I’ve had animals for as long as I can remember. I grew up eating not just locally, but really locally with fresh fruits and vegetables from our own garden. I also remember my grandparents cooking from their garden as well as animals raised on their land. Personally experiencing how well (and how badly) animals can be treated as well as having a interest in helping my family be healthy this information from the ASPCA is one which all families need to know. The message about animal cruelty and adopting a #ShelterPet is one that has gained ground in recent years, but the ASPCA is concerned with the welfare of farm animals as well.
Here are five simple ways to become a more aware and welfare-conscious consumer when shopping for your family’s groceries.
Eat Seasonally – Eating foods in season means that you’re able to buy from a more local economy and avoid having your food ship from other countries. This means fresher foods picked at peak ripeness too!
Shop Locally – CSA’s and local farmers’ markets help support local, often smaller scale, farmers and ranchers who are producing outside of the traditional factory-farm system. If you aren’t sure where to start, visit your local farmers’ market and start asking some questions – this guide will get you started. https://www.aspca.org/shopwithyourheart/consumer-resources/how-shop-farmers-market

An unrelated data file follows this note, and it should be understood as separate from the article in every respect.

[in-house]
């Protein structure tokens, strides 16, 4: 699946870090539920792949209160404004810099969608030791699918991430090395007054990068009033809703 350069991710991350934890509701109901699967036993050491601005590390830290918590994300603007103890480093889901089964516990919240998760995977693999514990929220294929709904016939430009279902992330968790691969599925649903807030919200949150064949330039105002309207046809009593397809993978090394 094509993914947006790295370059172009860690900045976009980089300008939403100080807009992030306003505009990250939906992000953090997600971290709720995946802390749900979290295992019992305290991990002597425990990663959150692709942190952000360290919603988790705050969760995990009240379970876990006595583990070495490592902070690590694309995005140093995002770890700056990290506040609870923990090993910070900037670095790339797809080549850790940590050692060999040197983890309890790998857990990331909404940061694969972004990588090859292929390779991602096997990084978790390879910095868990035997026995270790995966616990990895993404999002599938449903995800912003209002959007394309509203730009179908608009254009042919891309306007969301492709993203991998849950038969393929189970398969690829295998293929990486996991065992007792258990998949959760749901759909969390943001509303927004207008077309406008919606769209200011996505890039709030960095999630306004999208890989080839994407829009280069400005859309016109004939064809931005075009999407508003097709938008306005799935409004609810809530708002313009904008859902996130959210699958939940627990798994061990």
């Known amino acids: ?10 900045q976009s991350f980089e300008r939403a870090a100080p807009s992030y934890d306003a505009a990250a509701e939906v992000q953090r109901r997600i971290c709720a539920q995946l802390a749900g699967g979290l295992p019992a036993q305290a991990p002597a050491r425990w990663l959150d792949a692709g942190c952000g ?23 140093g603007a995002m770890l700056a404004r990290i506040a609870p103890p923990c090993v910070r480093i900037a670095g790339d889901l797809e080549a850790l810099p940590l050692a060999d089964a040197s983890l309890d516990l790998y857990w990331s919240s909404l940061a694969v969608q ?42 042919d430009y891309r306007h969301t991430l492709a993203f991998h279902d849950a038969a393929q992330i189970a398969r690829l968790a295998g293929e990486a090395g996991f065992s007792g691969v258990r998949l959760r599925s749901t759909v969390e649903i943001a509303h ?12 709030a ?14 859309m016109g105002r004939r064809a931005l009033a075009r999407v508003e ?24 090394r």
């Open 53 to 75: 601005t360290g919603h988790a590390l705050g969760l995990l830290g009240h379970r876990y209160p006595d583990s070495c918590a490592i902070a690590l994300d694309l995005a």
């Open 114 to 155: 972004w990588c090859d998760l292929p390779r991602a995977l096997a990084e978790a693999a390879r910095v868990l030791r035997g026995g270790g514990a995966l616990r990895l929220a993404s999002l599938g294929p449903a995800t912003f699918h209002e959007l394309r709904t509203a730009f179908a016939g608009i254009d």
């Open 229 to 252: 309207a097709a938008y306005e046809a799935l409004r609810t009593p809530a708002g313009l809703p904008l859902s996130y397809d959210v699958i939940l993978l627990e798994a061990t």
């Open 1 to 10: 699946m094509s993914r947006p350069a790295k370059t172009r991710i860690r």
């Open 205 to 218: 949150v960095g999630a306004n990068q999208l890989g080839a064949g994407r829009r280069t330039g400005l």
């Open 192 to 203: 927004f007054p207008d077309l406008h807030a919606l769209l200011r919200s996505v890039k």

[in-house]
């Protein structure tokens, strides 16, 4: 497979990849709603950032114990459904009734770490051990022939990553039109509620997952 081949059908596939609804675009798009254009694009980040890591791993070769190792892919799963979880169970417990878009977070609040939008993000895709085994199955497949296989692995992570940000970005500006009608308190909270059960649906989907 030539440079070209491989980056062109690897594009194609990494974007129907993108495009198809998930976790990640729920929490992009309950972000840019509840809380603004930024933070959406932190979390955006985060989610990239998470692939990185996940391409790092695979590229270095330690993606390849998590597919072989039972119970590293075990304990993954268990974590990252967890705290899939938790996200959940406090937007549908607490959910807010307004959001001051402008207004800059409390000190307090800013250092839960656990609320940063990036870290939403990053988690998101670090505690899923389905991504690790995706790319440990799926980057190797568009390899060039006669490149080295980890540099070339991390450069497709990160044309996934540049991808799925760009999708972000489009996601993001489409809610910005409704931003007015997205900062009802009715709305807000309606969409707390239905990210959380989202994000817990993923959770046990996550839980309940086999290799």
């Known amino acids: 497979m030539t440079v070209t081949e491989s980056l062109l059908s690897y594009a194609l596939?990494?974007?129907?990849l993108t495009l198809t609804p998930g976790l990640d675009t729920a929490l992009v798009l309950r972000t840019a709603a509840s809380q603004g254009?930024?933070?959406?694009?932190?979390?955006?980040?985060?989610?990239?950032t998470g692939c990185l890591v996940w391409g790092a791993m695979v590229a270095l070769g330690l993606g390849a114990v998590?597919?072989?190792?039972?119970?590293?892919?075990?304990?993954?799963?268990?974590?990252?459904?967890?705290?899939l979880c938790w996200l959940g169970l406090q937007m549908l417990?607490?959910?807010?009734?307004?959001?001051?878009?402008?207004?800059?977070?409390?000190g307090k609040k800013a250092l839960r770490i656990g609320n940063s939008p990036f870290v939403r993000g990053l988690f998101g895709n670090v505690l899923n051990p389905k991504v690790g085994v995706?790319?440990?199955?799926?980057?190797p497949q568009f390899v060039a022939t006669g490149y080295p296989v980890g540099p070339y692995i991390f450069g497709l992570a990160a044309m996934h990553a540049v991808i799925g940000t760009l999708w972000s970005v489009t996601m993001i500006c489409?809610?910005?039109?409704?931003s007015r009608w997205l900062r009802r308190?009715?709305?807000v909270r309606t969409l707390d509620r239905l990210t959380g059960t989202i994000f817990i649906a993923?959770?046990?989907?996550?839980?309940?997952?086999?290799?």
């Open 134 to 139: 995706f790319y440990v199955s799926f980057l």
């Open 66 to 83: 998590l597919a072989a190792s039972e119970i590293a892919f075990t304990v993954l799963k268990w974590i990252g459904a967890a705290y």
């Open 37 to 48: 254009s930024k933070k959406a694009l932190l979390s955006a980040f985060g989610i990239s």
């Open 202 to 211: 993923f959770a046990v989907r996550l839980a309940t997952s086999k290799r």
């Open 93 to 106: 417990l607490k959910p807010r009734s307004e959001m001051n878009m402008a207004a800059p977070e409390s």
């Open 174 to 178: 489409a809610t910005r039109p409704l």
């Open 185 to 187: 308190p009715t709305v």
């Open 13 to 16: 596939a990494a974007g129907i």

Conquer Labeling Confusion – Marketers create confusion with their flashy labels and clever catch-phrases. But unfortunately, sometimes they care more about finances than transparency. Words like “natural” or “humane” often don’t have any oversight to actually tell you as a consumer anything concrete. However, some phrases and labels do have regulations associated with their use, and that’s what you can start to look for as a savvy shopper. Here’s a guide to labeling to get you started. https://www.aspca.org/shopwithyourheart/consumer-resources/meat-eggs-and-dairy-label-guide
Be Careful to Minimize Waste – One of the ways we can treat the animals used for food respectfully and humanely is by making the most of the food we purchase. Purchase only what you know you’ll use and serve the right sized portions to avoid wasting what your family buys. https://www.aspca.org/sites/default/files/the_good_groceries_guide_final_version.pdf
Look for Certifications That Mean Something – Unlike marketing gimmicks there are certain certifications and awards that have true meaning. For example the USDA Organic label shows that the produce grown (or fed to the animal) didn’t use banned pesticides. Others include Animal Welfare Approved or Certified Humane
We have also included 2 or more vegetarian meals a week in our diet. Last night was a cheese and spinach tortellini pasta with chunky tomato and basil sauce. It was so good to have a “meatless meal” for a change. The family is even interested in me bringing back or “Meatless Monday” so we remember to take a break.
See The Good Groceries Guide for more information about how our shopping habits impact the lives of those around us – animals included. https://www.aspca.org/sites/default/files/the_good_groceries_guide_final_version.pdf
Find more resources for savvy shoppers at the ASCPA Shop With Your Heart website! https://www.aspca.org/shopwithyourheart/consumer-resources
And don’t forget to enter to win some fun items from the ASPCA!